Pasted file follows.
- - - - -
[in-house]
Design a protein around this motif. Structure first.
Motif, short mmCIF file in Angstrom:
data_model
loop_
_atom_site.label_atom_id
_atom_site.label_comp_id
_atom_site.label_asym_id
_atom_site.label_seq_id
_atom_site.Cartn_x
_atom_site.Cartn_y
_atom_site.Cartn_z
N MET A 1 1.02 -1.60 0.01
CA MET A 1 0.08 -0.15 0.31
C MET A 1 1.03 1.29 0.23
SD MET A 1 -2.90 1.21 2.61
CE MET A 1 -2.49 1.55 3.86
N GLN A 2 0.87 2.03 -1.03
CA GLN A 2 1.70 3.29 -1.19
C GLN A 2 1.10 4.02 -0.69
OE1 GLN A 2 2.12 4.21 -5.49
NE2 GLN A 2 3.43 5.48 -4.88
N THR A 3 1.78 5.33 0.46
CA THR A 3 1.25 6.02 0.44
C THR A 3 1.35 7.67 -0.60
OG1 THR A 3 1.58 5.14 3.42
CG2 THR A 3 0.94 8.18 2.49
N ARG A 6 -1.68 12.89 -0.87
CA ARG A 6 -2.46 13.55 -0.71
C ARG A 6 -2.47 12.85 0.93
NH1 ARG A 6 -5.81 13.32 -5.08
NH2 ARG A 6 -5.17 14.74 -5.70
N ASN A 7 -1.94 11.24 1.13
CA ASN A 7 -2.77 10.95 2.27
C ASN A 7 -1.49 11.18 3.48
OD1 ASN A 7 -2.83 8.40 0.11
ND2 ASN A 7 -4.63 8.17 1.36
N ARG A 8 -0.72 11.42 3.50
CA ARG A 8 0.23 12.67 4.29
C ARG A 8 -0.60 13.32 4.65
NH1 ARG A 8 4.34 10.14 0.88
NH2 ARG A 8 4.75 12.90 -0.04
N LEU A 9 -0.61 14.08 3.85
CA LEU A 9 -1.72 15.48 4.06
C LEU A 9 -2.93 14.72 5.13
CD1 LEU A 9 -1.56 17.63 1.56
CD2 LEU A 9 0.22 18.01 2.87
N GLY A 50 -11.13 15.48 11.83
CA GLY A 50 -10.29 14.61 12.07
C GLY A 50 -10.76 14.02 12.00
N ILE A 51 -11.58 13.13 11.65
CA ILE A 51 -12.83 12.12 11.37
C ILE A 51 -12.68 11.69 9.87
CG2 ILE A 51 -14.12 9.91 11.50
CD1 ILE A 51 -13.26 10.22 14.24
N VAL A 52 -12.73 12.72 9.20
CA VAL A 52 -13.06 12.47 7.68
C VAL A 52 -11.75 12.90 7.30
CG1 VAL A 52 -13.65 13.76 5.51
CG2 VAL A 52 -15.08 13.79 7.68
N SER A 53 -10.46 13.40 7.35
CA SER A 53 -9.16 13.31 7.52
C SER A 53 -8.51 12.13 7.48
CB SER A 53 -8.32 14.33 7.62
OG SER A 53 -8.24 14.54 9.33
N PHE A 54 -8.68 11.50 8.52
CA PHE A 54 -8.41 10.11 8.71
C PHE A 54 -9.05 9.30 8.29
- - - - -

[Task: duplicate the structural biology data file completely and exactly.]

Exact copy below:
[in-house]
Design a protein around this motif. Structure first.
Motif, short mmCIF file in Angstrom:
data_model
loop_
_atom_site.label_atom_id
_atom_site.label_comp_id
_atom_site.label_asym_id
_atom_site.label_seq_id
_atom_site.Cartn_x
_atom_site.Cartn_y
_atom_site.Cartn_z
N MET A 1 1.02 -1.60 0.01
CA MET A 1 0.08 -0.15 0.31
C MET A 1 1.03 1.29 0.23
SD MET A 1 -2.90 1.21 2.61
CE MET A 1 -2.49 1.55 3.86
N GLN A 2 0.87 2.03 -1.03
CA GLN A 2 1.70 3.29 -1.19
C GLN A 2 1.10 4.02 -0.69
OE1 GLN A 2 2.12 4.21 -5.49
NE2 GLN A 2 3.43 5.48 -4.88
N THR A 3 1.78 5.33 0.46
CA THR A 3 1.25 6.02 0.44
C THR A 3 1.35 7.67 -0.60
OG1 THR A 3 1.58 5.14 3.42
CG2 THR A 3 0.94 8.18 2.49
N ARG A 6 -1.68 12.89 -0.87
CA ARG A 6 -2.46 13.55 -0.71
C ARG A 6 -2.47 12.85 0.93
NH1 ARG A 6 -5.81 13.32 -5.08
NH2 ARG A 6 -5.17 14.74 -5.70
N ASN A 7 -1.94 11.24 1.13
CA ASN A 7 -2.77 10.95 2.27
C ASN A 7 -1.49 11.18 3.48
OD1 ASN A 7 -2.83 8.40 0.11
ND2 ASN A 7 -4.63 8.17 1.36
N ARG A 8 -0.72 11.42 3.50
CA ARG A 8 0.23 12.67 4.29
C ARG A 8 -0.60 13.32 4.65
NH1 ARG A 8 4.34 10.14 0.88
NH2 ARG A 8 4.75 12.90 -0.04
N LEU A 9 -0.61 14.08 3.85
CA LEU A 9 -1.72 15.48 4.06
C LEU A 9 -2.93 14.72 5.13
CD1 LEU A 9 -1.56 17.63 1.56
CD2 LEU A 9 0.22 18.01 2.87
N GLY A 50 -11.13 15.48 11.83
CA GLY A 50 -10.29 14.61 12.07
C GLY A 50 -10.76 14.02 12.00
N ILE A 51 -11.58 13.13 11.65
CA ILE A 51 -12.83 12.12 11.37
C ILE A 51 -12.68 11.69 9.87
CG2 ILE A 51 -14.12 9.91 11.50
CD1 ILE A 51 -13.26 10.22 14.24
N VAL A 52 -12.73 12.72 9.20
CA VAL A 52 -13.06 12.47 7.68
C VAL A 52 -11.75 12.90 7.30
CG1 VAL A 52 -13.65 13.76 5.51
CG2 VAL A 52 -15.08 13.79 7.68
N SER A 53 -10.46 13.40 7.35
CA SER A 53 -9.16 13.31 7.52
C SER A 53 -8.51 12.13 7.48
CB SER A 53 -8.32 14.33 7.62
OG SER A 53 -8.24 14.54 9.33
N PHE A 54 -8.68 11.50 8.52
CA PHE A 54 -8.41 10.11 8.71
C PHE A 54 -9.05 9.30 8.29